- with a neuroendocrine tumour affecting the thymus or bronchus, regardless of their age
- with more that one parathyroid tumour or a recurrence of a parathyroid tumour, regardless of their age
- who develops a parathyroid tumour (including both hyperplasia and adenoma) before age 40
- with more than one GDP-NET or a gastrinoma, regardless of their age
- who develops a neuroendocrine tumour involving the stomach, pancreas or small intestine before age 40
What are De Novo MEN1 mutations?
In individuals with MEN1, 10% of the time, they are the first person in their family to carry a MEN1 mutation. This is called a “de novo” mutation, meaning "from new". That is, the mutation occurred either in the making of that particular sperm or egg or the first few cell divisions after fertilisation. In this situation, the parents are not affected but the mutation can be passed on to the next generation.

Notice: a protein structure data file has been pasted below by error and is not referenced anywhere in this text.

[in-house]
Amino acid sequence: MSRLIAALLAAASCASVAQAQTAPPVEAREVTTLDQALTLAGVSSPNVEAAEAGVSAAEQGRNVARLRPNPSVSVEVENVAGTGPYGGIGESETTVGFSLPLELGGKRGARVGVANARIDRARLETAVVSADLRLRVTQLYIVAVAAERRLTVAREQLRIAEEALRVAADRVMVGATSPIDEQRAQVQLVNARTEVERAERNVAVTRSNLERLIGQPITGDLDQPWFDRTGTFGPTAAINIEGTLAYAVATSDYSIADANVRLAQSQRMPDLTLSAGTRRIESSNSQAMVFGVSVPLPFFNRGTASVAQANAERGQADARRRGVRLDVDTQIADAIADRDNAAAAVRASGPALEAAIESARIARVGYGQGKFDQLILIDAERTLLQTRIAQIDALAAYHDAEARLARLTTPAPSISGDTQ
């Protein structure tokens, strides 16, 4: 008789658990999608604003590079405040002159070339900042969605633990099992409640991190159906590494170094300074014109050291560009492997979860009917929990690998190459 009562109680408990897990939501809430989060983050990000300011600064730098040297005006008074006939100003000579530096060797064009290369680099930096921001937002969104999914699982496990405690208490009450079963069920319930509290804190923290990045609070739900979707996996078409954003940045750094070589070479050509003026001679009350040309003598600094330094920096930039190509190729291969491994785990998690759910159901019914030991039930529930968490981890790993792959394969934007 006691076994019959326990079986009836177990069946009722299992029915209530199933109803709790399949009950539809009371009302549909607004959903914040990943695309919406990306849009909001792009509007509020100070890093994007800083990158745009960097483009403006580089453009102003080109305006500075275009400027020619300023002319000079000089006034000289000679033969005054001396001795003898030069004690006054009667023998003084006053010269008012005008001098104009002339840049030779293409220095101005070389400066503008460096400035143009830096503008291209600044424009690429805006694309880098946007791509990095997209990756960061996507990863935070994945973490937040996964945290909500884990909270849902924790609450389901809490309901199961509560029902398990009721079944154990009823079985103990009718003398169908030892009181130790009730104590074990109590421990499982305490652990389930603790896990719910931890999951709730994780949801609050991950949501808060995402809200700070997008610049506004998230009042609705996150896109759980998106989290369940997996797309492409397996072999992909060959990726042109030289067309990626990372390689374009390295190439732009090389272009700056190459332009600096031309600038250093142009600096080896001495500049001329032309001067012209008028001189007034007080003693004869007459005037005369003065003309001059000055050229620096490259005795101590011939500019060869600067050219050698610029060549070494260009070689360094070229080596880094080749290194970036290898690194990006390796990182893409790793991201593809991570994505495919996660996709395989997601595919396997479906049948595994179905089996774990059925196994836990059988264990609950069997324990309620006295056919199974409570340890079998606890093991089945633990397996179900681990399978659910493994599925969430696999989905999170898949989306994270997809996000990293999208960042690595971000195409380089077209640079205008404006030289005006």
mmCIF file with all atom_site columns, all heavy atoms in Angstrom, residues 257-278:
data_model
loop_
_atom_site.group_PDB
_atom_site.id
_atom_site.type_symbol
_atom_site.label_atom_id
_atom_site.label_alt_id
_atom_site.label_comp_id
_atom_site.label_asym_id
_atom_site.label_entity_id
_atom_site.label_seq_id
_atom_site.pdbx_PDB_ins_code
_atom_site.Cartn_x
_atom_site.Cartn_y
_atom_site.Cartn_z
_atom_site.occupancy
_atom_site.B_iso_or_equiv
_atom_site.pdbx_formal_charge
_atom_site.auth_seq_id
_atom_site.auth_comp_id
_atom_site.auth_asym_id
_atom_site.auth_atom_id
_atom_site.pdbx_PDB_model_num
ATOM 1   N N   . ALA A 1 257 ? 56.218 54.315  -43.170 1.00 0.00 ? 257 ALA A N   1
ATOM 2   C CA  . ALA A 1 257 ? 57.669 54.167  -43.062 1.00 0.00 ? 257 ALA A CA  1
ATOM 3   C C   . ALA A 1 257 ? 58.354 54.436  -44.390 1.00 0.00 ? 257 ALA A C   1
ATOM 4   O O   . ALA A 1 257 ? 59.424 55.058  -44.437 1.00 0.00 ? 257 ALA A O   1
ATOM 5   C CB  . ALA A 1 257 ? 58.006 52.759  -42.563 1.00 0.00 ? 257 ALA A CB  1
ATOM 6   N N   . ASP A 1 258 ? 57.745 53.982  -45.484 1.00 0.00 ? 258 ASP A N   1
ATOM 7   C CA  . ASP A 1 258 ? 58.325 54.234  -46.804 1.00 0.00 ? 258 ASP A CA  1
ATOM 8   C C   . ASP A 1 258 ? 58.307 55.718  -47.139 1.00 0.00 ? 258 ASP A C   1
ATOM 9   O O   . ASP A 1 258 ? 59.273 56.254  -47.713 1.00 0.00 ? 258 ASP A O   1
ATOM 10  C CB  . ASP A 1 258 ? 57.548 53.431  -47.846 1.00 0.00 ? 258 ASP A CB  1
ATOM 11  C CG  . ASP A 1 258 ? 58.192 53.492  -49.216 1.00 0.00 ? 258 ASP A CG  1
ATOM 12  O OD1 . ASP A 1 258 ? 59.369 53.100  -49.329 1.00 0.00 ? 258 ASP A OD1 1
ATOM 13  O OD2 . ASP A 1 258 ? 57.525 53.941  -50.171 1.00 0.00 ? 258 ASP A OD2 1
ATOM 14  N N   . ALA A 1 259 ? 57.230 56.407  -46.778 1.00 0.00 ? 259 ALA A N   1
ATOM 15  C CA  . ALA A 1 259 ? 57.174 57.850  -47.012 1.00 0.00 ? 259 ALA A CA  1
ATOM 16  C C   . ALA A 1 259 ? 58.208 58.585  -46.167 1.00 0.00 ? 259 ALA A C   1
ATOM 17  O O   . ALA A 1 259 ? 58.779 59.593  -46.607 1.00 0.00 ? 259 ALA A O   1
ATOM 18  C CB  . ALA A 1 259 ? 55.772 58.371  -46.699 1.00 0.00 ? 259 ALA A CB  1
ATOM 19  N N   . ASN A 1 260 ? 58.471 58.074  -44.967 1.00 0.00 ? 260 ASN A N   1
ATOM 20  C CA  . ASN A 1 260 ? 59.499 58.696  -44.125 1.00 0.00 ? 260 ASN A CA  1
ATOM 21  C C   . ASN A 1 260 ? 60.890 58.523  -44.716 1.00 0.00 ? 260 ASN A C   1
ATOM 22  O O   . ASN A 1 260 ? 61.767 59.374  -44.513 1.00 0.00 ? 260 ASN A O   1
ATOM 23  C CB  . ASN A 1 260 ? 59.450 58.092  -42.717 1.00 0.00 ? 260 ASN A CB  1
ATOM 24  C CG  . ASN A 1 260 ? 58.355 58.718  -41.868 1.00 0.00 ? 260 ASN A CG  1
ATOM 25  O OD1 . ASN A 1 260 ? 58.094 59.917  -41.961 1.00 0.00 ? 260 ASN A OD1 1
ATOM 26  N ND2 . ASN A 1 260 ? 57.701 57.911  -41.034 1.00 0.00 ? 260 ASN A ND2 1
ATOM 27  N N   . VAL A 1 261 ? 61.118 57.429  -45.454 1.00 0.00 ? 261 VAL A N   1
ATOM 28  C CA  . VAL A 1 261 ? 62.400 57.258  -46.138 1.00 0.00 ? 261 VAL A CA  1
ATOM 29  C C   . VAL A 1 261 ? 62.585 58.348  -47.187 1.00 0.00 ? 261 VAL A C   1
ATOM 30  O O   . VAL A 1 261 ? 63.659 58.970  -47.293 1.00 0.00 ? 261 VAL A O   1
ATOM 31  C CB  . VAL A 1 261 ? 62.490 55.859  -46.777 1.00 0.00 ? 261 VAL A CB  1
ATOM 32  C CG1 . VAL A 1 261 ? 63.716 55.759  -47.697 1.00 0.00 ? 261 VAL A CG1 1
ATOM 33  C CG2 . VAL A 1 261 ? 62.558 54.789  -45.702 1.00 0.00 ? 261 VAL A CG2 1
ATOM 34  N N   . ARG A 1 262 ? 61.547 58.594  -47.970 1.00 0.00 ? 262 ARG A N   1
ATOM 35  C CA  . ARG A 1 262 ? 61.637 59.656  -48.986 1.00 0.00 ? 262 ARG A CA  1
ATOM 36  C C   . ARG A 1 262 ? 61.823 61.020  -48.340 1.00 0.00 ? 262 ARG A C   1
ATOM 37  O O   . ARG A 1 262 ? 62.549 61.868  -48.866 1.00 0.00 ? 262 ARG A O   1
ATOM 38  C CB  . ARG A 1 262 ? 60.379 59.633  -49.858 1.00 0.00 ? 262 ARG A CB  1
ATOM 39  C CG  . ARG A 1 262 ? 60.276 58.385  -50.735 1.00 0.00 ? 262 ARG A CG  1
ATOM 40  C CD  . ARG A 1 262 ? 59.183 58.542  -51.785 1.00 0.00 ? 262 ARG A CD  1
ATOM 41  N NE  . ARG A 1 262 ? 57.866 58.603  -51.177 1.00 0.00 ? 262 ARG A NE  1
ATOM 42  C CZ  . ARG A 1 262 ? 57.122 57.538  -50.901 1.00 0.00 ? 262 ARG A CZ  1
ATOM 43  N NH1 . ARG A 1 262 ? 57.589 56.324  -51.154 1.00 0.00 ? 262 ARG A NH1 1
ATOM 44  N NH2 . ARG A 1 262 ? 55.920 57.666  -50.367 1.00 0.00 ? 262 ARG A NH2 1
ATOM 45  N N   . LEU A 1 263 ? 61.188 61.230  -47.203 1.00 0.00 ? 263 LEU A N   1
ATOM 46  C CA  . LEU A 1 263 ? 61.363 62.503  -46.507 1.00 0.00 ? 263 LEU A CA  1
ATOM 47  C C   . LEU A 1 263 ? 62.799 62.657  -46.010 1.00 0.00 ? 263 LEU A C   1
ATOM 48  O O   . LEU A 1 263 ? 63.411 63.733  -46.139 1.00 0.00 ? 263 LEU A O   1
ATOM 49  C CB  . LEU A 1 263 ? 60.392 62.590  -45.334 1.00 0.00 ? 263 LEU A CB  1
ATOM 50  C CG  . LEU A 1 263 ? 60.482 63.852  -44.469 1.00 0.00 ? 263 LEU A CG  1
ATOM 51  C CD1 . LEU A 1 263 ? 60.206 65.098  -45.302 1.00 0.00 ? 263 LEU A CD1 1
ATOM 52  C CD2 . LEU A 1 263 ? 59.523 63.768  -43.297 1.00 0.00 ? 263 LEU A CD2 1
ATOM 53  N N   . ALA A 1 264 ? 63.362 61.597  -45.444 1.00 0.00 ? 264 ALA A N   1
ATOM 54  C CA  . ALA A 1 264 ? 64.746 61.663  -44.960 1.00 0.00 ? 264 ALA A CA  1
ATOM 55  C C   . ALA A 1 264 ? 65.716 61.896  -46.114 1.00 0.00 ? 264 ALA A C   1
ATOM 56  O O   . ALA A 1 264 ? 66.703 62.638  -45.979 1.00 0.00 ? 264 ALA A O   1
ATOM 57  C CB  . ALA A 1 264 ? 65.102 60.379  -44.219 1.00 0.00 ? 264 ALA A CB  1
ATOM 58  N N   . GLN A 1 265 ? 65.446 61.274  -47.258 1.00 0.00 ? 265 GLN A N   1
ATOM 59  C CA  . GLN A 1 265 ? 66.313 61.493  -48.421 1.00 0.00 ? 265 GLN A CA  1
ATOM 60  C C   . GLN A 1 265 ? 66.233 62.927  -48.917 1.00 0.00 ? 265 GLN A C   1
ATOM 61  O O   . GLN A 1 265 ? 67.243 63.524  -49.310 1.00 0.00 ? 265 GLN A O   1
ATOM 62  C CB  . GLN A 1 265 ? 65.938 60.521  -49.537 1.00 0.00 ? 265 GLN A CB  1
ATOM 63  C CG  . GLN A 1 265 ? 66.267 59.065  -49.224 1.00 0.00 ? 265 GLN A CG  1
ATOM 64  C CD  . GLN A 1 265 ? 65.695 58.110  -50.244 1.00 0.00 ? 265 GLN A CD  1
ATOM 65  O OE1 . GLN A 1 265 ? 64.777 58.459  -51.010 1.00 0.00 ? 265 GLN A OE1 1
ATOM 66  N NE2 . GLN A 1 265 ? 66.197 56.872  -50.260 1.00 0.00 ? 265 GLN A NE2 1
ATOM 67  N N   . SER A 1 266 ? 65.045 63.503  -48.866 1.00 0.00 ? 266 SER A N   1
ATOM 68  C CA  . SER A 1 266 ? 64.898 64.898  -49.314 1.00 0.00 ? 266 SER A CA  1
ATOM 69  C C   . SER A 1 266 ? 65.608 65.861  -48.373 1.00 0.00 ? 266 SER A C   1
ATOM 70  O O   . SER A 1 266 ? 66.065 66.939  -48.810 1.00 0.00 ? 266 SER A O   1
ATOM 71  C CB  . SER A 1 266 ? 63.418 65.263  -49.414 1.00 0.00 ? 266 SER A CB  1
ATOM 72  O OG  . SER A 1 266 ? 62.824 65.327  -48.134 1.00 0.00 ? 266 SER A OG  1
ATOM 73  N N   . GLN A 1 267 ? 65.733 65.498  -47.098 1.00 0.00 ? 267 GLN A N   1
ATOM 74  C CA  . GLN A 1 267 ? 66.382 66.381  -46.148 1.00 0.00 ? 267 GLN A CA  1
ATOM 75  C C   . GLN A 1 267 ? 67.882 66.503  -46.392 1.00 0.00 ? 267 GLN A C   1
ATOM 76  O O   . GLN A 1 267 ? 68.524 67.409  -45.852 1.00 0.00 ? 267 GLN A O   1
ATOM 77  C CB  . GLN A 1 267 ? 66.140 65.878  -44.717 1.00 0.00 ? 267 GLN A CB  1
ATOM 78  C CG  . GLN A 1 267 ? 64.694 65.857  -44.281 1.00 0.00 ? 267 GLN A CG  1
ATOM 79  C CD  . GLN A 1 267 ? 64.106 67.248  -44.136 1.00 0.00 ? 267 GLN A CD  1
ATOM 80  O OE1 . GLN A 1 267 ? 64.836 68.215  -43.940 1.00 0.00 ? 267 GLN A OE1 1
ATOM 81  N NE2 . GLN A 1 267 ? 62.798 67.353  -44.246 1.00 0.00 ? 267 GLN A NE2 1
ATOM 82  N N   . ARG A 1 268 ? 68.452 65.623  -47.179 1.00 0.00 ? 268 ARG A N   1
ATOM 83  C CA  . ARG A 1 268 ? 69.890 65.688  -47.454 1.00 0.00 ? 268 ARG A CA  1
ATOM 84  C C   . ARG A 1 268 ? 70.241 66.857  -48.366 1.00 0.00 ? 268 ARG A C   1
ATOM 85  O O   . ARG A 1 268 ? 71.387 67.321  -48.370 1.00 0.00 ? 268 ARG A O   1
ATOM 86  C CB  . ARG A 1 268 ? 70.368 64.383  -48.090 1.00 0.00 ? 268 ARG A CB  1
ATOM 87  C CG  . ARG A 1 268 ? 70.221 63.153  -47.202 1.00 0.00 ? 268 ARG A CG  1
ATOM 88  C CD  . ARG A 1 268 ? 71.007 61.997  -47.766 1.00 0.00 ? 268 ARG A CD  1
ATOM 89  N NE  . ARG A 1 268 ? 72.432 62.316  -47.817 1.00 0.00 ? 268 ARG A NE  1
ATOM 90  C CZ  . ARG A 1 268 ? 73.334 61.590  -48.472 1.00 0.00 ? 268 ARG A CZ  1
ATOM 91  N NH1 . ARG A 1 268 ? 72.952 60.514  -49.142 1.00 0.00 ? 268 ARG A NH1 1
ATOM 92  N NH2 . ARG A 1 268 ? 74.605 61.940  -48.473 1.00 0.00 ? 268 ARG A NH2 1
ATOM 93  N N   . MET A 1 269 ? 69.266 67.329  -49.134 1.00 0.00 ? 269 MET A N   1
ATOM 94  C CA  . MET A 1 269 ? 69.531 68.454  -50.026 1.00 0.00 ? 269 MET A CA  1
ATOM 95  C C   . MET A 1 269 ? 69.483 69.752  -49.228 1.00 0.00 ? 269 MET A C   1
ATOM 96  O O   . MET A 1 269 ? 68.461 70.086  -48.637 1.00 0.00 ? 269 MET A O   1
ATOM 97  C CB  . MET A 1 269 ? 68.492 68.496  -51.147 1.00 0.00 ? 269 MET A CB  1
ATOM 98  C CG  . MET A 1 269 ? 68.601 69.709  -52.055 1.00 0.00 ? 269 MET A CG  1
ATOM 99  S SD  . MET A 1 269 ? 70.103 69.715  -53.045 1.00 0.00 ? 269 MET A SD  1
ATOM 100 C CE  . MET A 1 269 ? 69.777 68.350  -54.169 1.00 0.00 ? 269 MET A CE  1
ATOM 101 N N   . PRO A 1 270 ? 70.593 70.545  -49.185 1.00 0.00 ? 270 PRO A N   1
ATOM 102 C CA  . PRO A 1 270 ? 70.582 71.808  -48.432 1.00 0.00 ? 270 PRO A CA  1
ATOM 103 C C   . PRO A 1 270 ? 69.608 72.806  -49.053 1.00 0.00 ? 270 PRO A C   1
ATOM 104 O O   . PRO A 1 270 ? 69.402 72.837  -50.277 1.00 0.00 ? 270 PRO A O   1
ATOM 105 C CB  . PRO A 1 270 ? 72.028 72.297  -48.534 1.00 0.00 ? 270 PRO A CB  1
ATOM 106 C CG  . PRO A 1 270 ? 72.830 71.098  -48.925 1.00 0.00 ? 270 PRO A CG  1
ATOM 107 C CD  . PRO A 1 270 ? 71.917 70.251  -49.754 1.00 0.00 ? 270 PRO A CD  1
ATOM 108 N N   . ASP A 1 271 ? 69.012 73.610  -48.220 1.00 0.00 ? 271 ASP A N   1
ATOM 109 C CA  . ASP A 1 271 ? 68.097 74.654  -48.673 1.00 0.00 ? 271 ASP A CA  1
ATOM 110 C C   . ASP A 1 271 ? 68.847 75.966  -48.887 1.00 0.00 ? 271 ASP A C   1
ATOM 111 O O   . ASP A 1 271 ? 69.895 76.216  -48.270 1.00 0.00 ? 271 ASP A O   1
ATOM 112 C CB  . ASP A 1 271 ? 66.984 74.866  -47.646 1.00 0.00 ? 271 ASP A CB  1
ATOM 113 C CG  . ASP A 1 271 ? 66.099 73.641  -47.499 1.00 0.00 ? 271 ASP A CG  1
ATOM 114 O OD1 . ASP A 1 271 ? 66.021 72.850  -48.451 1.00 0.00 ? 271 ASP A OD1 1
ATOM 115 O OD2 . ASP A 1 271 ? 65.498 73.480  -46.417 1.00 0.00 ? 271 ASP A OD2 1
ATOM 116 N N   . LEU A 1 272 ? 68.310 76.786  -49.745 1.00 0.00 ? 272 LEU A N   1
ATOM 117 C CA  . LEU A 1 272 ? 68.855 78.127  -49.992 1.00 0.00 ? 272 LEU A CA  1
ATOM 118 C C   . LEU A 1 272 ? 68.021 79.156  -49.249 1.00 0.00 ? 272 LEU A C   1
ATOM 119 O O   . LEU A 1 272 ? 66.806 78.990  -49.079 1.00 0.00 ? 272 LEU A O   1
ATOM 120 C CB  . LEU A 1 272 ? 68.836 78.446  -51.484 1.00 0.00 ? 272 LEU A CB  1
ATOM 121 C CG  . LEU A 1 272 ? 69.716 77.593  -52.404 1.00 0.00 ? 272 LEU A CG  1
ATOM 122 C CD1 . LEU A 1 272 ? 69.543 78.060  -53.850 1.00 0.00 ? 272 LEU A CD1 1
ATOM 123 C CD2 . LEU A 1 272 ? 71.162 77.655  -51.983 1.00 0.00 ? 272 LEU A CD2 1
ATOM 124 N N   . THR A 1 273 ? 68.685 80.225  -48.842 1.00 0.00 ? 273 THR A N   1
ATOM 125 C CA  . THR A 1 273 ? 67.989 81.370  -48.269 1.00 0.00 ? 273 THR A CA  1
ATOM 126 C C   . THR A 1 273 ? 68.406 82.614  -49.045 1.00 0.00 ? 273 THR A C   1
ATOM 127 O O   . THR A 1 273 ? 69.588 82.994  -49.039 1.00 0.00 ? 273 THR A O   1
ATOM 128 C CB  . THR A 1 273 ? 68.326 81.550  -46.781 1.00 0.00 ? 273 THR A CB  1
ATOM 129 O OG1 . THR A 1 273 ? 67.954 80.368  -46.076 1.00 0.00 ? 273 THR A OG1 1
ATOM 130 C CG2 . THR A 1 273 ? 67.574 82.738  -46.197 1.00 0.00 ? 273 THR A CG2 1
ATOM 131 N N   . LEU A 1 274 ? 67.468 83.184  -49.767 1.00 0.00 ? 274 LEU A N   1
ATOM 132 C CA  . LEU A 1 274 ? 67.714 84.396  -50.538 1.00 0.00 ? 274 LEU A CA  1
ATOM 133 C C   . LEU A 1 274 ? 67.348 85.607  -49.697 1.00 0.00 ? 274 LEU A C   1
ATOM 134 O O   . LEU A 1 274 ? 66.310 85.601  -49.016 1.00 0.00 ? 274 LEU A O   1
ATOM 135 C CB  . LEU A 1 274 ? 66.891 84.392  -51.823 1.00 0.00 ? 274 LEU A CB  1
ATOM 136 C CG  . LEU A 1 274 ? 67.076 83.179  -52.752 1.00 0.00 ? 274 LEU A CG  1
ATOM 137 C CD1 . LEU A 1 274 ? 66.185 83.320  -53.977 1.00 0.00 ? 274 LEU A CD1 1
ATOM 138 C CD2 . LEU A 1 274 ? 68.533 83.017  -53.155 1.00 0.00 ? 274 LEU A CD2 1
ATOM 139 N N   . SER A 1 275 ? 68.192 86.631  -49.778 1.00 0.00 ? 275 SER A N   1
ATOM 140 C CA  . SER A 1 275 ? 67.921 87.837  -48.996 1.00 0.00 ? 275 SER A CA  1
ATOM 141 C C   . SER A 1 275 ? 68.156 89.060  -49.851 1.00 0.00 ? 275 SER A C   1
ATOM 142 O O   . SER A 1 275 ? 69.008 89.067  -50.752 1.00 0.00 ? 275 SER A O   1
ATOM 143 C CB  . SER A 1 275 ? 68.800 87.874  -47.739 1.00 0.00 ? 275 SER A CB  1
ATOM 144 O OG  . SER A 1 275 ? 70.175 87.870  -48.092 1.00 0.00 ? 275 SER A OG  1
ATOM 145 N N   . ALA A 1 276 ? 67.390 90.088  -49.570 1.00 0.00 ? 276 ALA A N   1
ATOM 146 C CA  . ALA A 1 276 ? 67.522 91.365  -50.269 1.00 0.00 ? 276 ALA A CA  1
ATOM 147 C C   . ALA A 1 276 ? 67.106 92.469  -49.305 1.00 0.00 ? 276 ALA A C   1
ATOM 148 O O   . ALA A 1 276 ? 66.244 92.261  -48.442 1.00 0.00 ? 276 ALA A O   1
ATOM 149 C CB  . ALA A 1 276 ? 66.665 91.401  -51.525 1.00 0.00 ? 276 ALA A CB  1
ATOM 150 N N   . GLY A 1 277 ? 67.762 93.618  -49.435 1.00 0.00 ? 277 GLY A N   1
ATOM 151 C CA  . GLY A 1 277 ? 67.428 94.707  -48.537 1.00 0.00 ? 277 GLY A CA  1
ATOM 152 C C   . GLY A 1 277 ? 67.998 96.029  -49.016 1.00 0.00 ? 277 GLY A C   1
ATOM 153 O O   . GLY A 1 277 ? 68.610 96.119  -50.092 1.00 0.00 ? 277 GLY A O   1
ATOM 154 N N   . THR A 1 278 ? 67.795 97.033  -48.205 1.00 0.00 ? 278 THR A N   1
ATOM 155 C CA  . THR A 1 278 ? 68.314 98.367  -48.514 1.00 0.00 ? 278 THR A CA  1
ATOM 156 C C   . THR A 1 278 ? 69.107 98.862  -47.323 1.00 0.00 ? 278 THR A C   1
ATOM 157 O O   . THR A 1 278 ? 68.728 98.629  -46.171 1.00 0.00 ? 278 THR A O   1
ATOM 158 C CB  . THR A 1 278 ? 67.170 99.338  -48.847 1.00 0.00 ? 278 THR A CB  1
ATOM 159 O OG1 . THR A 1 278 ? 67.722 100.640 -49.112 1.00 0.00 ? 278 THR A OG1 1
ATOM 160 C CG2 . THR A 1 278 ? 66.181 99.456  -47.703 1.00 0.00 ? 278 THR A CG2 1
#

There is a 50% chance of a person who carries a germline MEN1 mutation, whether male or female, passing the mutation to their son or daughter. If a mutation is identified, then predictive testing is available for blood relatives.
Does this sound like you or your family?
Has a neuroendocrine cancer, pituitary adenoma or hyperparathyroidism been detected in you or has a MEN1 mutation been detected in a blood relative? Genetic testing is available. Make an appointment with Dr Hilda High at Sydney Cancer Genetics. It is a confidential opportunity to discuss your personal and family history of cancer and genetic testing can be organised, if needed. You'll find information on how to make an appointment here
These links may be useful
- Neuroendocrine Cancer Australia has details of support groups is for individuals and families affected by MEN1
- The Cancer Genetics section of the Cancer Institute's eviQ website provides up-to-date Australian-based management guidelines
- The US National Library of Medicine website has more information about this syndrome.